I posted an aerial photo of Eagle Ridge on Dec. 29, but ER 1 & 2 at the eastern end weren’t visible. This shot, also taken May 10, 2007, shows the same area from a different angle. Even though ER 6 & 7 are hidden from view, you can still see both ends of the ridge – from ER 1 on the left to where Saddleback hits the very bottom of the Chunky’s cornice in Whitehorn I at far right.
When I started patrolling at the Lake in the mid-90′s, ER 3, 6, & 7, as well as Upper ER 5, were permanently closed avalanche areas. This was a remnant of the days when the parks service performed all avalanche operations for the ski area. Since then, the avalanche forecasters have done a great job of learning about and getting open the areas which had previously always been closed.
Upper ER 5 is the closest thing we have to a permanent closure on the back side of Eagle Ridge, and that’s because not only is it steep and rocky terrain, but it’s also huge, consisting of a large number of micro-features, all requiring their own analysis and plan of attack. Upper and Lower ER 5 are divided by a cliff band that crosses the entire slope, with a few narrow chokes that are slow to fill with snow and can be the one thing preventing the terrain from opening, since there must be skiable lines from top to bottom in order for it to open.
Lower ER 5 opens sooner, since it consists mainly of a fairly even scree slope, which is much smoother than the boulder fields that lie above the cliffs and requires less snow to fill in. At far skier’s left of Lower ER 5 is M.G. Gully, a steep, narrow, tree-filled chute with a drop exit, and is a place that gets lots of snow. To get there you need to enter from the Saddleback/Split Rock area and traverse across the top of Kiddie’s Corner, and if you stay high enough you’ll end up right at the top of the gully.
Below is a shot of the top of Upper ER 5, for those hoping to scope out their lines for the Big Mountain Challenge taking place this spring (don’t forget, these photos were taken at the end of an exceptional snow year, and all areas of the mountain are currently much less filled in).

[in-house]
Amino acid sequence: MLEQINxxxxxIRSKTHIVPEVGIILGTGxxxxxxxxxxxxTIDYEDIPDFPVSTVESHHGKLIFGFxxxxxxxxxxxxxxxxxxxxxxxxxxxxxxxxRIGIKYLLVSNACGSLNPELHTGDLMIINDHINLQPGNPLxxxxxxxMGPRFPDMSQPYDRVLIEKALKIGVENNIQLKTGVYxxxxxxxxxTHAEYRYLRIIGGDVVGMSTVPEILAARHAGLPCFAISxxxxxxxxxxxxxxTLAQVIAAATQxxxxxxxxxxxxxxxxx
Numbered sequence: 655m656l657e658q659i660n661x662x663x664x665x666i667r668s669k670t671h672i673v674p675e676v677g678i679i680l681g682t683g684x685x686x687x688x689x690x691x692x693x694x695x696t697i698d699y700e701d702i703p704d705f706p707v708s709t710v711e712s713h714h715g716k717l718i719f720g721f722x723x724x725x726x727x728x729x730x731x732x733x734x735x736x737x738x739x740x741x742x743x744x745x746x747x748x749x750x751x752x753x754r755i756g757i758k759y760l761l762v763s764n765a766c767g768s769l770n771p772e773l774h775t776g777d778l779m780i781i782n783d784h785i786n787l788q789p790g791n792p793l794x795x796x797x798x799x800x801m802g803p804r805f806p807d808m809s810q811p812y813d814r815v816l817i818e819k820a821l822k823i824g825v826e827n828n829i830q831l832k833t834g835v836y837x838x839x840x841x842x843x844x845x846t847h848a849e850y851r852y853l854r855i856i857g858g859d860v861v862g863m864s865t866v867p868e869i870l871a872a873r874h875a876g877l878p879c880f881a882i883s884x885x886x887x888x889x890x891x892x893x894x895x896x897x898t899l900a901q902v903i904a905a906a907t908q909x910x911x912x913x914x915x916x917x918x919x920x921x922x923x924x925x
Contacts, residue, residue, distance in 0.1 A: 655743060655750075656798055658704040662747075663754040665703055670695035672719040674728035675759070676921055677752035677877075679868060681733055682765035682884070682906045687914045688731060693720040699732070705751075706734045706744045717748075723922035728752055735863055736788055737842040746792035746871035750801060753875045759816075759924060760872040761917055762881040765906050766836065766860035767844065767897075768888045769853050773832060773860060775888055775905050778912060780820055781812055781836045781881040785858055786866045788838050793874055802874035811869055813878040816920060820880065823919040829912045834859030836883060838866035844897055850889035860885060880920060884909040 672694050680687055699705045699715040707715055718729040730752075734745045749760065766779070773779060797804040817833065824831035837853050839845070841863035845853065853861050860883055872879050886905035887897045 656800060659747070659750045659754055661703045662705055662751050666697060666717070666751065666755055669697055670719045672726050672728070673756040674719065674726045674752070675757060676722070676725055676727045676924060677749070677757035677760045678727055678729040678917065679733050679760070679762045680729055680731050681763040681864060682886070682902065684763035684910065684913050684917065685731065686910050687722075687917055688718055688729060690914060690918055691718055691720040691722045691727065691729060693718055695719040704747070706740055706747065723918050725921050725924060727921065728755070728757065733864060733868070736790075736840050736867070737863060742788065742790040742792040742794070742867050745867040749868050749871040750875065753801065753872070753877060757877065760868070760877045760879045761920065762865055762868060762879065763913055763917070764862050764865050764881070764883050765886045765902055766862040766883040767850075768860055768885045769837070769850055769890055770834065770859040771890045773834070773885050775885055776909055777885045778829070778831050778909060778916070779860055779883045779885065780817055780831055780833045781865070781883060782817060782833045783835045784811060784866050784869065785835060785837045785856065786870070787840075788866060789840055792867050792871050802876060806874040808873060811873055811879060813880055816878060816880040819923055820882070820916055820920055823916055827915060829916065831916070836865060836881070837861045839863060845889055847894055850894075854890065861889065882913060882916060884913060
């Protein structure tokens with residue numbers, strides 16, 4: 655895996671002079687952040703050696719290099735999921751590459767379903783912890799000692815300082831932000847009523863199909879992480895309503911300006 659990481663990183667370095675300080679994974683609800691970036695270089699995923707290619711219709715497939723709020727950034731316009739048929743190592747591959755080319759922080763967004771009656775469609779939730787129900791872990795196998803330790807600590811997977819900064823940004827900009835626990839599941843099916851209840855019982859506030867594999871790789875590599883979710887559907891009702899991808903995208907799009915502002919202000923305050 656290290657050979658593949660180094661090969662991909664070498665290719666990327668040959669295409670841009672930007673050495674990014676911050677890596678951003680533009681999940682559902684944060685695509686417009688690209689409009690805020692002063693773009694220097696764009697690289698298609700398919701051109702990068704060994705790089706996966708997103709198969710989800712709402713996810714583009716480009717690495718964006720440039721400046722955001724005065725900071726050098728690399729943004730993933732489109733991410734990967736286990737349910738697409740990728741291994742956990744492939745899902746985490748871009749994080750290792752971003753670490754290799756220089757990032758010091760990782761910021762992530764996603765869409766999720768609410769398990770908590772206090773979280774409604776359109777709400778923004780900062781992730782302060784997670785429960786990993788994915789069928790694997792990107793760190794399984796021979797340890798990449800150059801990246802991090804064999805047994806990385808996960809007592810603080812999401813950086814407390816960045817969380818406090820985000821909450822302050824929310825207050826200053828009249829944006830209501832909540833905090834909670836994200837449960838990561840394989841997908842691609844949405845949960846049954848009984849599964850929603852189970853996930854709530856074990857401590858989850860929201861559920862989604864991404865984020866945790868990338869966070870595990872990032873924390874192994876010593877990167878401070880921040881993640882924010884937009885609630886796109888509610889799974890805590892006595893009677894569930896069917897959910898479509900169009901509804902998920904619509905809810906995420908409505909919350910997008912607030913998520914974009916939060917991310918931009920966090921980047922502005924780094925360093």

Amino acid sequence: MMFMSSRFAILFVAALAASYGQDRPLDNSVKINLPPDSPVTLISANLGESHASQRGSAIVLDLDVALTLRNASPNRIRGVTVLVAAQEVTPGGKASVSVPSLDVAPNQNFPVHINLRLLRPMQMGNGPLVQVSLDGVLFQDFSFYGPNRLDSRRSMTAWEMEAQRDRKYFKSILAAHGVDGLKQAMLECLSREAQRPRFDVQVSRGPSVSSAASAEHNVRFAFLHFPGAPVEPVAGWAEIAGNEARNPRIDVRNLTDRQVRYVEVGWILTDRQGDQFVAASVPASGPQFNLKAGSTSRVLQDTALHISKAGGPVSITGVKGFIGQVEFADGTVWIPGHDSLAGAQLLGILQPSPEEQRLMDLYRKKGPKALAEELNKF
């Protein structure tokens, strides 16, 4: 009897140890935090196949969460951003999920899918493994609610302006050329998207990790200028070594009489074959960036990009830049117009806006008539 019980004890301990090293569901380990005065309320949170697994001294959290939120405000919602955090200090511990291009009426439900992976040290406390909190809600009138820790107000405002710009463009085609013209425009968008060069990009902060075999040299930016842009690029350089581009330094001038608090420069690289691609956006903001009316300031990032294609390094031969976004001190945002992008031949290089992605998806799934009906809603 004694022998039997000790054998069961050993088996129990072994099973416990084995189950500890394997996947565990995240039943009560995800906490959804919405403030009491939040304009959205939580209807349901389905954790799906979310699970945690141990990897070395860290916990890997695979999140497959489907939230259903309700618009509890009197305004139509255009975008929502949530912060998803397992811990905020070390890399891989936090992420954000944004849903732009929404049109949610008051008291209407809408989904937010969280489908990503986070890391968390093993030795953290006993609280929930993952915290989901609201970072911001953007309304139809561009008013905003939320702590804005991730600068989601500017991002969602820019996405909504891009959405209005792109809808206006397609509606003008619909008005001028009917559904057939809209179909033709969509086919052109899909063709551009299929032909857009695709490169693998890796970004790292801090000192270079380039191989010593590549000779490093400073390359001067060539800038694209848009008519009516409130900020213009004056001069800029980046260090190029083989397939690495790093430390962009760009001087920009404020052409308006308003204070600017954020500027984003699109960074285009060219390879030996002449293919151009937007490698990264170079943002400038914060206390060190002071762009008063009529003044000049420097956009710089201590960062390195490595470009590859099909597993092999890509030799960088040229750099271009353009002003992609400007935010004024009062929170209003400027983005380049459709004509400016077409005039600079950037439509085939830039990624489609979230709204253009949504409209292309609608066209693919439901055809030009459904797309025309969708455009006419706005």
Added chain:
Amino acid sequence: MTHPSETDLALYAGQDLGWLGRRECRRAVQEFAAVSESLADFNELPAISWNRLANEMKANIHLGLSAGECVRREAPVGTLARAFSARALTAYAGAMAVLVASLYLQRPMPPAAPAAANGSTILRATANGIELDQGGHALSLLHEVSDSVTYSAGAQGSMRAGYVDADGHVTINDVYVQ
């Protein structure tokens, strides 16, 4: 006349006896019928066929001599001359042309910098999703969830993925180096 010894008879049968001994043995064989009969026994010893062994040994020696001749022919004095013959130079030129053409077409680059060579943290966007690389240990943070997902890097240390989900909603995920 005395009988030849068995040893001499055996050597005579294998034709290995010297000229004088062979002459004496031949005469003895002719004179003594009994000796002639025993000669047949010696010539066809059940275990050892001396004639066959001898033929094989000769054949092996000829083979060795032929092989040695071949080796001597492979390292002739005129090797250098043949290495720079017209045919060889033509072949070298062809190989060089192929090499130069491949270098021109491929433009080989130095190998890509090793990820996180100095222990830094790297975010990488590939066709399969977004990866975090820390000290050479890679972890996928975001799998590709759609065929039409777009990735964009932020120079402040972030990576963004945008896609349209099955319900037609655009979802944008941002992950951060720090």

This helicopter photo from May 10, 2007 shows most of Eagle Ridge, with East Bowl (ER 1) off-picture to the left, and ER 7 and all but the very top of ER 6 off to the right. Like previous terrain photos, runs labelled in black are as they appear on the Lake Louise trail map, with patrol names shown in red. Fence lines are shown as orange dotted lines.
The Corridor runs from the top of Paradise Chair to the top of East Bowl and serves as the access to all runs in between. East Bowl (ER 1, not shown) is the bowl directly above the top of Ptarmigan Chair. Crow Bowl is a narrow bowl that usually has a prominent cornice at the top. If you’re standing at the top centre of Crow Bowl and turn around 180 degrees to look towards the base area, the pitch below you is Patroller Pitch, which acts as a quick way to get down to the top of the old Eagle chair and is not on the trail map.
Hidden between East Bowl and Crow Bowl is a little gem of an area that seems to be one of the last areas to get tracked after a snowfall. It isn’t that steep, but it can be a nice surprise when all other areas have been tracked out. The narrow entrance to this area is directly to the skier’s left of the top of East Bowl, and the run below can’t be seen until you’re actually on it. It can be entered from below on either side, but you miss the first bunch of turns. There are a few small clumps of trees, but they’re widely spaced on the smooth terrain to allow lots of choice of line.